There was a recent request on LMA Connect, the legal marketing association's discussion forum, for benchmarking data for paralegal and legal secretary staff to lawyer ratios. There are a number of good sources for this sort of thing, which savvy readers submitted. However, I was compelled to provide a contrarian response.
I question the validity of benchmarking data like this, particularly in today's economy.
Human nature generally nudges us toward safe choices as defined by how many others have made similar choices. In many law firms, precedence is the dominant method of decision making mostly because it's the method learned by lawyers in the practice of law. But those of us tasked with bringing sound business practices into today's law firms have an opportunity to introduce more rigor into the discussion. This applies to many areas of practice management, but in light of the recent law firm layoffs and downsizings, it seems even more poignant when applied to law firm staffing.
I'd like to hypothesize why staffing ratio benchmarks might be a hot topic lately:
A benchmark for paralegal/secretary to lawyer ratio is undoubtedly of keen interest to law firm leaders entertaining the question, "Which staff positions can we eliminate to reduce our cost base?" The problem is, the ratio is a function of the nature of the practices, the current workload, the culture and productivity levels.
Practices that rely heavily on paraprofessionals, e.g., real estate, litigation, will carry different ratios than other practices. Some practices are busier than others, for example those addressing counter-cyclical client work. Those that aren't busy tend not to delegate work downward, so partners are doing work today that a year ago a mid-level associate might handle. And some cultures better exploit technology and knowledge bases to improve productivity levels, so their ratios will differ from competitors in the exact same practices.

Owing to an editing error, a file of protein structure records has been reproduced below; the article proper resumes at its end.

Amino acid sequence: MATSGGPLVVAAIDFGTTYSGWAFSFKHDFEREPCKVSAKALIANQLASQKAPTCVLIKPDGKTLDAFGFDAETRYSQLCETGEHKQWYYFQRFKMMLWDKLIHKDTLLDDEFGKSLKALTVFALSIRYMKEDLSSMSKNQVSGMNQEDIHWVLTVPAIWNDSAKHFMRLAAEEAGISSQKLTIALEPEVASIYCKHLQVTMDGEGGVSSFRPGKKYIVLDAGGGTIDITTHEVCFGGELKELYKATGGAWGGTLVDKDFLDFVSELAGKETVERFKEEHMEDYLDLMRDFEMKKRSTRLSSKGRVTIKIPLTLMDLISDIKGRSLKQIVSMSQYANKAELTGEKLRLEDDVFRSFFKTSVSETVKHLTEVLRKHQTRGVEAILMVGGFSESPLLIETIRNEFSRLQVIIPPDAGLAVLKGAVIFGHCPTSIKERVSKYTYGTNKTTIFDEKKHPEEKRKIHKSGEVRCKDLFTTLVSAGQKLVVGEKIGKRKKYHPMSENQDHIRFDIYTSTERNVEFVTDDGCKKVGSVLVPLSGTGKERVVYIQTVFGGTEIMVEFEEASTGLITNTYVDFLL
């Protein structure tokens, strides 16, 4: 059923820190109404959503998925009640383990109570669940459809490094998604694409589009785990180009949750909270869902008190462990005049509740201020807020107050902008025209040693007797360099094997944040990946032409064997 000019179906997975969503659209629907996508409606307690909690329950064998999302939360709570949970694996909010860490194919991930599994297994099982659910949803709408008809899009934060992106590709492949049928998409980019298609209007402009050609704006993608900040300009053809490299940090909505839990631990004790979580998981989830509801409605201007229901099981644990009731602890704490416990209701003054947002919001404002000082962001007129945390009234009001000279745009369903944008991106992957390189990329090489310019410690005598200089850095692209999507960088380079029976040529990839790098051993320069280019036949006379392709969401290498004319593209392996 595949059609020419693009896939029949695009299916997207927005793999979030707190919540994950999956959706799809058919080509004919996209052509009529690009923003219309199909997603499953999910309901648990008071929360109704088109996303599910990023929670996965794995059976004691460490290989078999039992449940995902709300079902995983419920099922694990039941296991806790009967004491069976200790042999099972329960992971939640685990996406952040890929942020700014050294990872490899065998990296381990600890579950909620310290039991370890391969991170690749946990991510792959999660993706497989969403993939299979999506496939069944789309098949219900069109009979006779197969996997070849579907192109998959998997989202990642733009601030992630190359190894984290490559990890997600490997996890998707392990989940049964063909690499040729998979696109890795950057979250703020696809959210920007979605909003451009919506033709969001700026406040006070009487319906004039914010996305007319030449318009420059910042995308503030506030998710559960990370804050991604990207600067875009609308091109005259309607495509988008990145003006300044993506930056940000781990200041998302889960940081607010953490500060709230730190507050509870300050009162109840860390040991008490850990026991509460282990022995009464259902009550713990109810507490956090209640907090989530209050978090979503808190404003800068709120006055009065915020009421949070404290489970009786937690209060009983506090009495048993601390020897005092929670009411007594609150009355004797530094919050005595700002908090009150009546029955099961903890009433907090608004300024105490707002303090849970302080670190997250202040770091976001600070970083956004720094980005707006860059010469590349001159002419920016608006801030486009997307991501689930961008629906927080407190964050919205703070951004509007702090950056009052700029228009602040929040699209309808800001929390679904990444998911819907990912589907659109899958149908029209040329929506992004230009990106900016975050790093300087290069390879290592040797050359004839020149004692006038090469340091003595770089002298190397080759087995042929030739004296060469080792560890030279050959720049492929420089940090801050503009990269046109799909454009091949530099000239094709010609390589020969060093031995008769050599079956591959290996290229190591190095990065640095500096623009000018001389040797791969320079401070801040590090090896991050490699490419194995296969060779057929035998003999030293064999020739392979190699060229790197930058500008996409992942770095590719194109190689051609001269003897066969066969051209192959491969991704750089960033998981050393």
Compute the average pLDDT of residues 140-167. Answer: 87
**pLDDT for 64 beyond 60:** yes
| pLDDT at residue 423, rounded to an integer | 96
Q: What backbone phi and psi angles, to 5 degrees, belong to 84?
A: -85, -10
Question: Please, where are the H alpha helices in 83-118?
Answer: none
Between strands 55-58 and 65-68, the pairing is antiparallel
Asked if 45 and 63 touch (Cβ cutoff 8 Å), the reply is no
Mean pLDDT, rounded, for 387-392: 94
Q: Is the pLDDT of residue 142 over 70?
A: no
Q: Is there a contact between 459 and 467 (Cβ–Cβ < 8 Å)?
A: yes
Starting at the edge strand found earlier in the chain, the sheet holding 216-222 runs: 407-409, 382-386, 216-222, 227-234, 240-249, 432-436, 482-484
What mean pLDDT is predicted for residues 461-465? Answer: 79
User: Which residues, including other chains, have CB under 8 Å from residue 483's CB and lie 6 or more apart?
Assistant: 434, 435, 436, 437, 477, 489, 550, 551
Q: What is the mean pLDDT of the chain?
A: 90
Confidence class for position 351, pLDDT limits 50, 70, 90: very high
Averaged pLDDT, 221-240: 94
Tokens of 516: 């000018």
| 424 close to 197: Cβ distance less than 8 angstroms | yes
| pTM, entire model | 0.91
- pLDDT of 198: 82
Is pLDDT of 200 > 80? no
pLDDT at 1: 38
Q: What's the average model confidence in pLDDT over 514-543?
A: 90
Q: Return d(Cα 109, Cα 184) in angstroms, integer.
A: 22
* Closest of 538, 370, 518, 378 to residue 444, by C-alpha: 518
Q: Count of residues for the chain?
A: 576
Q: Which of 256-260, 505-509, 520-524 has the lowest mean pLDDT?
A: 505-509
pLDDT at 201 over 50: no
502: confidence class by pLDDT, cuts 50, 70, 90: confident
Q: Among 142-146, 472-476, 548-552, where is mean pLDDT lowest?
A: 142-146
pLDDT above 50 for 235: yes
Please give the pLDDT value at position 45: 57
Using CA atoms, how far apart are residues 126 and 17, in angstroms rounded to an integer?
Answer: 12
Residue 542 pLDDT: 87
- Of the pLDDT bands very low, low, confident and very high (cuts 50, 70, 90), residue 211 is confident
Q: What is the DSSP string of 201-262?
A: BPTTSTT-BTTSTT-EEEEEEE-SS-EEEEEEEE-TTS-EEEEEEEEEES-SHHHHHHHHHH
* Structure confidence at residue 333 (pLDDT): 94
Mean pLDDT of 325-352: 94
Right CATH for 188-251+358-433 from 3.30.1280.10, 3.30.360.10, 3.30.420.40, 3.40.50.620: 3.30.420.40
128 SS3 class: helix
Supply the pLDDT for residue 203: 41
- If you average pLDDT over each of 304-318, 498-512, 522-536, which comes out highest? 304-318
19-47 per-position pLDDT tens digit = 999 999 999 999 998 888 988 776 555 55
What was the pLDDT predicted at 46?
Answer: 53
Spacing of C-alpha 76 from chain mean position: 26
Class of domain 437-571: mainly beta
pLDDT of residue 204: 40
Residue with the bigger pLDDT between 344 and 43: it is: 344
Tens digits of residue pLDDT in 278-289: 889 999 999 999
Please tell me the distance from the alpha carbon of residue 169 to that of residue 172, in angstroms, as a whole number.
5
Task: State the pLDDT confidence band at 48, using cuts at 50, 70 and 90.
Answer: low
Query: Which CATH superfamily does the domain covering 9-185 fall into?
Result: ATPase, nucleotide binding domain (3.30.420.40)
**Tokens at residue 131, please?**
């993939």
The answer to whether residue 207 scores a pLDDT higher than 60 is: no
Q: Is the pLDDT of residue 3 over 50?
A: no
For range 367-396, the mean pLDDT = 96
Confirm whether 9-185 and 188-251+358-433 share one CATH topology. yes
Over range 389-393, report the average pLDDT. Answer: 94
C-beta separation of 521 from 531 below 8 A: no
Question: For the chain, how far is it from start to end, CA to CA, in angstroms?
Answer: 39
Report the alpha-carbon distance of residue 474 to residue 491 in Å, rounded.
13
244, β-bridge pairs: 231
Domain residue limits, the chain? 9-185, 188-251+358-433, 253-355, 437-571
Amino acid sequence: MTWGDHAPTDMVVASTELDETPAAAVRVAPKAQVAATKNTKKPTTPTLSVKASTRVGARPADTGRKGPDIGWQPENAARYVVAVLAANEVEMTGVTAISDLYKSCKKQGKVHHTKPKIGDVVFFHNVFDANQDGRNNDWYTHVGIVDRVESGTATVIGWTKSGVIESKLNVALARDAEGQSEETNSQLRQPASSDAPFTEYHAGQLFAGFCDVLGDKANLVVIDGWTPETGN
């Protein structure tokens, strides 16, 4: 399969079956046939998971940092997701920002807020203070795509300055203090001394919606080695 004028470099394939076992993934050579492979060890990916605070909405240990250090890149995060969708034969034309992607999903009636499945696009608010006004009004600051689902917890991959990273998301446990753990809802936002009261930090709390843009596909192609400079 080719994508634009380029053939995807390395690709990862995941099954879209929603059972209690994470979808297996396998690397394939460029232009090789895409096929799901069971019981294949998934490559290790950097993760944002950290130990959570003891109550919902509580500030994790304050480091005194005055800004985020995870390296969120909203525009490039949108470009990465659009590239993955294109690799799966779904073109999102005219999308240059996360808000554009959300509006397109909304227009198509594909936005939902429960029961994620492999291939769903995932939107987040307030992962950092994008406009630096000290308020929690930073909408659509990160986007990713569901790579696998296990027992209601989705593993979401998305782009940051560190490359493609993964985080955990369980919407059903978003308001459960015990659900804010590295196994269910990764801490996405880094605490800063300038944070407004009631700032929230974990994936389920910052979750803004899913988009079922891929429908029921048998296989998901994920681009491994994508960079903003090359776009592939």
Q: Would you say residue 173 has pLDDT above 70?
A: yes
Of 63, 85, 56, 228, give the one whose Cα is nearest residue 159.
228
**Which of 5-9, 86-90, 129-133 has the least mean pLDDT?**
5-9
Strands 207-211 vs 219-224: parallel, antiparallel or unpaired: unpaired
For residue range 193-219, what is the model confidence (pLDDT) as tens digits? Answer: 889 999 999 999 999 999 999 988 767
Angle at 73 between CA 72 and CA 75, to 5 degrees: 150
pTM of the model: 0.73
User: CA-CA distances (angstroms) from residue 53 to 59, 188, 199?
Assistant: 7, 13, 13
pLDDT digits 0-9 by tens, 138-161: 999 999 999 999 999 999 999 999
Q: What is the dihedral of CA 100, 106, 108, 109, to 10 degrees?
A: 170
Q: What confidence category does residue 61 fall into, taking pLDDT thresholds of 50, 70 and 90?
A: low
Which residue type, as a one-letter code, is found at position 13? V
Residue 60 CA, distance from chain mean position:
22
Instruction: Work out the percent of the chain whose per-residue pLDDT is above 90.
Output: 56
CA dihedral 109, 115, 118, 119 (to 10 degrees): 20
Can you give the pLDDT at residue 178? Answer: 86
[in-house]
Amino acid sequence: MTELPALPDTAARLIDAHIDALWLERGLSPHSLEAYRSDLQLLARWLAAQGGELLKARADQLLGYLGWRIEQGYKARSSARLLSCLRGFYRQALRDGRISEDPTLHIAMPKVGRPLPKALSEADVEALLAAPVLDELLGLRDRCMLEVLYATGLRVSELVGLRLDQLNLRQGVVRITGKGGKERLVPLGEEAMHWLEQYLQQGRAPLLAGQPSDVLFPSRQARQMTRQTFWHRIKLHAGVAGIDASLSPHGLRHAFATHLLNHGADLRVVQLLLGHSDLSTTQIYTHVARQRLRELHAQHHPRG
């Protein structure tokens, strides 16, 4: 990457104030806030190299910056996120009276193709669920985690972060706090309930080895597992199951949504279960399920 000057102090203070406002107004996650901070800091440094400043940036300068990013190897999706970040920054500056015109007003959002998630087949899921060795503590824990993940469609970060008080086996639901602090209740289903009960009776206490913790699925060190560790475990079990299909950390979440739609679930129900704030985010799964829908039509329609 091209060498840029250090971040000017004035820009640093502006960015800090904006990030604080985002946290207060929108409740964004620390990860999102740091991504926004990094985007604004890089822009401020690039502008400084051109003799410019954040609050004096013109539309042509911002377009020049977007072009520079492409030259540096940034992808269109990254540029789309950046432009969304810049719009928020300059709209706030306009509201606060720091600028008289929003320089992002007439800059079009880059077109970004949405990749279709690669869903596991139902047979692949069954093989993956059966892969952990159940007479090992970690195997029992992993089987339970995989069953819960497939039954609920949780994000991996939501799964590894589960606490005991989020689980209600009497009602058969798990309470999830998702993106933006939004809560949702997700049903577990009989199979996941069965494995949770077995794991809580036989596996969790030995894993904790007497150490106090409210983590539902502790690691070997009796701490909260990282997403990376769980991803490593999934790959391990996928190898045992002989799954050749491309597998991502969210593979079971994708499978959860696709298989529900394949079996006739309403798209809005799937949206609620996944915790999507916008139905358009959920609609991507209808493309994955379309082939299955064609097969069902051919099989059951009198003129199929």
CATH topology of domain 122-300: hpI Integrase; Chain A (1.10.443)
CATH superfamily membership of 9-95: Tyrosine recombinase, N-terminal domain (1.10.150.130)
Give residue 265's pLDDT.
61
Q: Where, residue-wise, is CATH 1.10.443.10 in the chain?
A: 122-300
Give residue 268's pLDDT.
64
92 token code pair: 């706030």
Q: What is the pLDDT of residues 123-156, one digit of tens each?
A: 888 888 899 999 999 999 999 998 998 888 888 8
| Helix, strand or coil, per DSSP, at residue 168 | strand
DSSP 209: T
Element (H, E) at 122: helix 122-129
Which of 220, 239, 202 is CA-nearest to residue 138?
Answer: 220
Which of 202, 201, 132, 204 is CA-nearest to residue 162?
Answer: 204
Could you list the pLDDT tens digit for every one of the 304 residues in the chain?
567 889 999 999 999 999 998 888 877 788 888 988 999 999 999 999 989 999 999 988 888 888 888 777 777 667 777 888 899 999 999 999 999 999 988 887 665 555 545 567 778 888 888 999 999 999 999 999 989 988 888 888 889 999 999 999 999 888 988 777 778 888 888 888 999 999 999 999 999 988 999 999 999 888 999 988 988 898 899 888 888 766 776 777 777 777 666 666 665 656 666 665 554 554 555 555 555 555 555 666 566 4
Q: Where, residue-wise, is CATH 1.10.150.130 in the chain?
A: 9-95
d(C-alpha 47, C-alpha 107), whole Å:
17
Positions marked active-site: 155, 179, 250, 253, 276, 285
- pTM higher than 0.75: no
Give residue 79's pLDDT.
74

In this light, it seems a trifle presumptious to believe that much value can be derived by examining staffing ratios compiled by surveying dissimilar firms in dissimilar markets comprised of dissimilar practices and targeting dissimilar clients.
Unfortunately, it's hard work for leaders to examine the organization's business processes and culture to determine the appropriate staffing ratios for their firm. But if the objective is to recalibrate capacity so it's aligned with current demand levels, with enough flexibility to adapt as demand returns, then it's sensible to roll up the sleeves. Too often, however, the objective appears to be to find a quick and easy rationale to lower costs by "bringing our staffing ratios in line with industry standards."
Cost cutting in an enterprise impacted by a recession is by definition necessary. Tough decisions have to be made. The law firm leaders who assess their enterprise in light of its long term outlook and make specific adjustments based on sound business rationale will have an easier time ramping up when demand increases than those firms using imprecise benchmarks to simply lower costs today without regard for tomorrow.
Business process re-engineering and improvement programs are more effective in the long run for aligning staff to workloads. These processes generally result in cost savings and are, therefore, often self-funding exercises. And we shouldn't have to repeat the growing theme (but we will) that law firms that find more efficient ways to deliver legal services are better positioned to implement alternative fee arrangements, which in turn lead to increased client retention.
These are not just good ideas for today's law firm leaders. They are essential.
Timothy B. Corcoran is the 2014 President of the Legal Marketing Association and an elected Fellow of the College of Law Practice Management. He delivers keynote presentations, conducts workshops, and advises leaders of law firms, in-house legal departments and legal service providers on how to profit in a time of great change. To inquire about his services, contact him at +1.609.557.7311 or at firstname.lastname@example.org.